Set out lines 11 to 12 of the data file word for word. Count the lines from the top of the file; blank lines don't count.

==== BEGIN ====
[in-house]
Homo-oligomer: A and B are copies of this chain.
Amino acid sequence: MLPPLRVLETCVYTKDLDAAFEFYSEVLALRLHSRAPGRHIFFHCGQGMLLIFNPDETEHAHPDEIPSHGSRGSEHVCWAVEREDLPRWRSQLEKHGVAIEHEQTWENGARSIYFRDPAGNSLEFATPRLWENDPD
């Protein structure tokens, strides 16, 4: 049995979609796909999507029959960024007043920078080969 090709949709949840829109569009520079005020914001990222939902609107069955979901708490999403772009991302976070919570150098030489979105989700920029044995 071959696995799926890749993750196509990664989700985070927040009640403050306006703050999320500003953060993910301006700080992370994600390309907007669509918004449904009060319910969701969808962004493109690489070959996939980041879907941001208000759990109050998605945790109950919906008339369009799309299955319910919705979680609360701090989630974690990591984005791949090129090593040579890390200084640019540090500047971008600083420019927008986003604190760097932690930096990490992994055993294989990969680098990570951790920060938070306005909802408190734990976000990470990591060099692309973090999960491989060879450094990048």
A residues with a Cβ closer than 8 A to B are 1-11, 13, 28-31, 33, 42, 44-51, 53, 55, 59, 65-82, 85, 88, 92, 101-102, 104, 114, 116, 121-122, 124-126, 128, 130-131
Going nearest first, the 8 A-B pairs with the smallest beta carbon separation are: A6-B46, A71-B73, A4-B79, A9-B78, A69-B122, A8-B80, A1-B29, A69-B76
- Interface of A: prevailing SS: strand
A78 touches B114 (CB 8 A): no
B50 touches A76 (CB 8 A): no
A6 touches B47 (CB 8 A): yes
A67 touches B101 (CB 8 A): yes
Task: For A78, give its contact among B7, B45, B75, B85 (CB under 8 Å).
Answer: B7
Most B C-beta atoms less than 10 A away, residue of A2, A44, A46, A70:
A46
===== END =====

A67 touches B101 (CB 8 A): yes
Task: For A78, give its contact among B7, B45, B75, B85 (CB under 8 Å).